Finally, and most importantly for food manufacturers, IFS Version 6 stipulates that all measuring devices be tested regularly for accuracy, adjusted, and calibrated as necessary under a comprehensive monitoring system. Furthermore, the results of these checks, adjustments and calibrations must be documented and any necessary corrective action on weighing technology or production processes carried out. To comply with these standards, it is important that the product inspection system used be easily recalibrated or re-set in the event of a failed test. Systems with easy-to-use displays and dedicated test procedures built into the software can facilitate this process for properly adjusted equipment. Remote monitoring services can test many product inspection system performance parameters and undertake corrective action in real time without the need to disrupt production. In this way, manufacturers can ensure optimum production line security without compromising downtime.
Being aware of the Standards
Food manufacturers must adhere to the changes to regulations to ensure growth and to retain access to important global markets. Complying with strict quality and safety standards, such as those featured in IFS Version 6, does not automatically mean manufacturers must sacrifice productivity. By selecting the right product inspection technology for your needs, such as metal detectors and x-ray inspection systems, manufacturers can meet regulations while maintaining or enhancing efficiency. To do this, it is vital that manufacturers develop a rapport with an equipment supplier that understands global food safety regulations who will be able to advise them on the most suitable solution for their production lines and to ensure their processes comply with standards well into the future.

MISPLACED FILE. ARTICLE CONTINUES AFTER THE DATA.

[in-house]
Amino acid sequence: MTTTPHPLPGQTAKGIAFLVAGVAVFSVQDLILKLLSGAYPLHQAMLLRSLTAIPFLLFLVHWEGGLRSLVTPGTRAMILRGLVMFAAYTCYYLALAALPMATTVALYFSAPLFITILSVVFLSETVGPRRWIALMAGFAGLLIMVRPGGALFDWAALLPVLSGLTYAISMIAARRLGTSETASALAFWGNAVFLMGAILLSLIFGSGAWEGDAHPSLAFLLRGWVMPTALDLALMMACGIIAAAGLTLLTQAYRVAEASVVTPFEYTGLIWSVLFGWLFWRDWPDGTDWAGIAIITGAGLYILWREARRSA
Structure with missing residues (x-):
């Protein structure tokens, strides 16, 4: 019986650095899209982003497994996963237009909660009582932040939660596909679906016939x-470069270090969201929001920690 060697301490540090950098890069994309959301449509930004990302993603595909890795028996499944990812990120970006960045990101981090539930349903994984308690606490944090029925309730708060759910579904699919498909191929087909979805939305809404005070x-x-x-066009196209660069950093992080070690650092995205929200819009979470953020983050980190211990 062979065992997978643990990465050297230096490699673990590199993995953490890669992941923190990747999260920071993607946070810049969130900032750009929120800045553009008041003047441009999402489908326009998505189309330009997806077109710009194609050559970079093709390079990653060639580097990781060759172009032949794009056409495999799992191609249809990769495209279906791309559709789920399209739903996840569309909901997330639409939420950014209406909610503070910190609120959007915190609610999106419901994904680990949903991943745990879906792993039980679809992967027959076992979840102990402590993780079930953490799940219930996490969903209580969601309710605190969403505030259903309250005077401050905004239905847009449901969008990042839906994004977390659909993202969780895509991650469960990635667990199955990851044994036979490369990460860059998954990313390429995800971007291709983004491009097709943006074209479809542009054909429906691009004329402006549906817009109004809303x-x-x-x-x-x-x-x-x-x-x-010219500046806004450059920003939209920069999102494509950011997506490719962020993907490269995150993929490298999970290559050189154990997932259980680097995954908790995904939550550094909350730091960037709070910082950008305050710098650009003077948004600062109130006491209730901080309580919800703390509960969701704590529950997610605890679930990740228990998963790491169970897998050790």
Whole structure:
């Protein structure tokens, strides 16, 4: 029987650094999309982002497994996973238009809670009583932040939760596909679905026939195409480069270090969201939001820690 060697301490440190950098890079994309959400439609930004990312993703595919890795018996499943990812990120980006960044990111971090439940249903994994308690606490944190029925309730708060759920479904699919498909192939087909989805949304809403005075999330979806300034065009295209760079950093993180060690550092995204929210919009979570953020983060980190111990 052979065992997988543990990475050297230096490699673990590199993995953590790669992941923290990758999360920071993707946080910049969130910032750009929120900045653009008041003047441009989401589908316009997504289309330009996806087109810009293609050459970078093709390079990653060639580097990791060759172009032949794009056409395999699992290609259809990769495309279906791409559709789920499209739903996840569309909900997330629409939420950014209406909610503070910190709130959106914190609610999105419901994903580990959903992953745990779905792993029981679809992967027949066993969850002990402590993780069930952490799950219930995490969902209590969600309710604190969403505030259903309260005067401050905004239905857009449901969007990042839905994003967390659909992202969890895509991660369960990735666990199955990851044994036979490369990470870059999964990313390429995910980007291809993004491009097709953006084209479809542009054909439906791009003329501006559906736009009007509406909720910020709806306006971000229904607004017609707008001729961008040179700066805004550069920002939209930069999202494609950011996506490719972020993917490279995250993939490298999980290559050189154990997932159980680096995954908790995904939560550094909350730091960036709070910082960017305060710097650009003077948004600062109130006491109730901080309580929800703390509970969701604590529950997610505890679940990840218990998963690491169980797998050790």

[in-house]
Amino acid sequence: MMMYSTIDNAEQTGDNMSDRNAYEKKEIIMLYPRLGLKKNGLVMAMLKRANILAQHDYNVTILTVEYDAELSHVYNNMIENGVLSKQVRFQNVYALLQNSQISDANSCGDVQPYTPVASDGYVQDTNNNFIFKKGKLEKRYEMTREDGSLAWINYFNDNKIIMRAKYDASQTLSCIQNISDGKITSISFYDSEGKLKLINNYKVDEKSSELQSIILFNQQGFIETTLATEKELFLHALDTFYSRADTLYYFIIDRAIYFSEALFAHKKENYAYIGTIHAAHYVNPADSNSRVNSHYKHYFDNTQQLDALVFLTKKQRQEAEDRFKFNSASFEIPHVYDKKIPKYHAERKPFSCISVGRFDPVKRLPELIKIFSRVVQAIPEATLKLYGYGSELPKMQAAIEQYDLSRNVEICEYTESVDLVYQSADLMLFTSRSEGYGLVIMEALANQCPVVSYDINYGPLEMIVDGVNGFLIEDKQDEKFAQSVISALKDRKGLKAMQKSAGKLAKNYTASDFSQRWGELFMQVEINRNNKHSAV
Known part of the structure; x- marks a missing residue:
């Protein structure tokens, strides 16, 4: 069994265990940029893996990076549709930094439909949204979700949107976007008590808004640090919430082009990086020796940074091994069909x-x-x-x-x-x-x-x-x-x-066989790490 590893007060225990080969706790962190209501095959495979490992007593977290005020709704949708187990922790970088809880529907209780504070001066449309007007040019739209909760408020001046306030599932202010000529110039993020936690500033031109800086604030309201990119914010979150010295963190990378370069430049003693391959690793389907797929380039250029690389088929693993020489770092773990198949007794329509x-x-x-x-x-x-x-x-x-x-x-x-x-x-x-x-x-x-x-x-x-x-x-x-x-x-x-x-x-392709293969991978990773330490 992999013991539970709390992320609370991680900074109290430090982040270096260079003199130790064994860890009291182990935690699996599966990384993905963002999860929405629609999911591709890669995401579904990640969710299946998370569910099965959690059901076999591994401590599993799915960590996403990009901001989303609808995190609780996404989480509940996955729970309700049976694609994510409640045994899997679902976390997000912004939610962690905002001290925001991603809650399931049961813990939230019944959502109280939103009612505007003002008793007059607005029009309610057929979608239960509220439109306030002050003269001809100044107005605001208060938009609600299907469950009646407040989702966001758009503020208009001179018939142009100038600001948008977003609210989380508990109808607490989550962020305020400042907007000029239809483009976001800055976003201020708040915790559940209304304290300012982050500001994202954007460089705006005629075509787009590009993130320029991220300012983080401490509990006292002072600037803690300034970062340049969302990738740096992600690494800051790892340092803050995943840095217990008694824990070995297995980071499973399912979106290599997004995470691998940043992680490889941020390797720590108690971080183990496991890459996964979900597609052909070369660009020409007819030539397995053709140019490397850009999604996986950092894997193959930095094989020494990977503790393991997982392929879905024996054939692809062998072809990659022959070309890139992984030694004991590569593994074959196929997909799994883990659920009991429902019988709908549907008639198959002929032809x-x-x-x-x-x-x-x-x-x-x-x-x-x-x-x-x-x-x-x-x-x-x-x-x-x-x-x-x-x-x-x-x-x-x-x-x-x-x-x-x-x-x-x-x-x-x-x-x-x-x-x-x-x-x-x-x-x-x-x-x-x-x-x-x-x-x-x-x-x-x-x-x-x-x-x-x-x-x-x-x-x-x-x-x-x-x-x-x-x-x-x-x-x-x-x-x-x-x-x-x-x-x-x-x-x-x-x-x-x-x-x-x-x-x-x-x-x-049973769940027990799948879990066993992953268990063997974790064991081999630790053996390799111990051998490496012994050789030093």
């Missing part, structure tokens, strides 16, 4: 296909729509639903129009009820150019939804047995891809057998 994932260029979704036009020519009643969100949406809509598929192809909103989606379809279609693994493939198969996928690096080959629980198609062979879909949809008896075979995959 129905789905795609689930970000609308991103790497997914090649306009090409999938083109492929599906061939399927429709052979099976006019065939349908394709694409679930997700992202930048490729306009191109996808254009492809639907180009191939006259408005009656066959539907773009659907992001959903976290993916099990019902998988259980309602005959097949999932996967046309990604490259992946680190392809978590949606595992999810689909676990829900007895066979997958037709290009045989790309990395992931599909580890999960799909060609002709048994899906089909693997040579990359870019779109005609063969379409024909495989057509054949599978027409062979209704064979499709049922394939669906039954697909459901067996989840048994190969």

Neil Giles is Marketing Communications Manager at the Mettler-Toledo Product Inspection Division of Mettler-Toledo, based in the UK. He currently specialises across all four main product inspection technologies, which are x-ray, metal detection, vision inspection and checkweighing.
About Mettler-Toledo Product Inspection
Mettler-Toledo Safeline is the world’s leading supplier of metal detection and x-ray inspection solutions for the food and pharmaceutical industries. Together with Garvens Checkweighing, CI-Vision and Pharmacontrol Electronic GmbH (PCE), Mettler-Toledo Safeline forms the Product Inspection division of Mettler-Toledo.